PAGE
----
Promoting the business on employees’ personal social media

Asking employees to refer to the business on their own social media accounts

Promoting the business on employees’ personal social media
Stuart Rudner

Question: Can an employer require its employees to use their personal social media to promote the employer’s business? If an employee resists such a directive, can it be grounds for discipline?

Answer: That is an interesting question, particularly in today’s day and age. To begin with, the legal concept that is being discussed is that of insubordination: the refusal to carry out a reasonable order made by an employer. As I have often said and written, any form of misconduct, including insubordination, will justify some degree of discipline but not necessarily dismissal. As I have written about in my book, You’re Fired! Just Cause for Dismissal in Canada, the threshold for establishing just cause for dismissal is quite high. And, of course, it will depend very much upon all of the relevant factors, including the individual’s length of service, disciplinary history and response to progressive discipline.

In order to constitute insubordination, there must be a lawful and reasonable order. The question in this case is whether ordering an individual to use her personal social media accounts to promote the employer’s business is reasonable. I’m not aware of any case that has addressed this issue directly, but, in my view, it may be difficult for an employer to establish that it is entitled to impose such a requirement upon its staff. Unless it can, then it would not be able to impose discipline, let alone summary dismissal, as a result of the employee’s refusal.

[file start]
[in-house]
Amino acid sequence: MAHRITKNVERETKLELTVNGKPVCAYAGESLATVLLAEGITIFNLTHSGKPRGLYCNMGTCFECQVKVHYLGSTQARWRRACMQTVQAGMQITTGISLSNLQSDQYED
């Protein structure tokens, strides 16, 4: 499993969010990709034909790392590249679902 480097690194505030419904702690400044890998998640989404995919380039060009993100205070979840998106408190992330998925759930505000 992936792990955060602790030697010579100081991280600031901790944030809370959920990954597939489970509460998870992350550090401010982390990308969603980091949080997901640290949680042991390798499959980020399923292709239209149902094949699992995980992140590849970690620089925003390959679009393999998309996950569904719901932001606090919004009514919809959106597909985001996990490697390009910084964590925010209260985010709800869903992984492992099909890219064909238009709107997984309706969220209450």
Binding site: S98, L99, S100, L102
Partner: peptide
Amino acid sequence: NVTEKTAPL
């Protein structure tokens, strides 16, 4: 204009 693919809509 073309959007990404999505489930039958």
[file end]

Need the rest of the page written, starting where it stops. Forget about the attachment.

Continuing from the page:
Of course, if such a requirement was clearly set out in the employment agreement, then it may be far more plausible for the employer to insist that the employee had an obligation to promote the business in her personal social media accounts. In the absence of such an explicit contractual agreement, however, I would be reluctant to advise a client to impose summary dismissal in such circumstances.


Stuart Rudner is the founder of Rudner Law, an employment law firm in Markham, Ont. He can be reached at stuart@rudnerlaw.ca or (416) 864-8500.

 

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